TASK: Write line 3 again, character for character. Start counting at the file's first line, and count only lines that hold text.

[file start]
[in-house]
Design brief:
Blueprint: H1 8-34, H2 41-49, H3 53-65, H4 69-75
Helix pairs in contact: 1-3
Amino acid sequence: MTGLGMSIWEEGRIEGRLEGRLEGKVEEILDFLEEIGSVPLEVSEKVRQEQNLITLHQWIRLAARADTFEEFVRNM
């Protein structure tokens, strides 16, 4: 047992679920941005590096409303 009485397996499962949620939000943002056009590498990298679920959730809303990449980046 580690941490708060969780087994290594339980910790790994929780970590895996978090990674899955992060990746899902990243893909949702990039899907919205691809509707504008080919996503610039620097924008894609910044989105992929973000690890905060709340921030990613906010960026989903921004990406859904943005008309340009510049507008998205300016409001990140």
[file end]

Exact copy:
Blueprint: H1 8-34, H2 41-49, H3 53-65, H4 69-75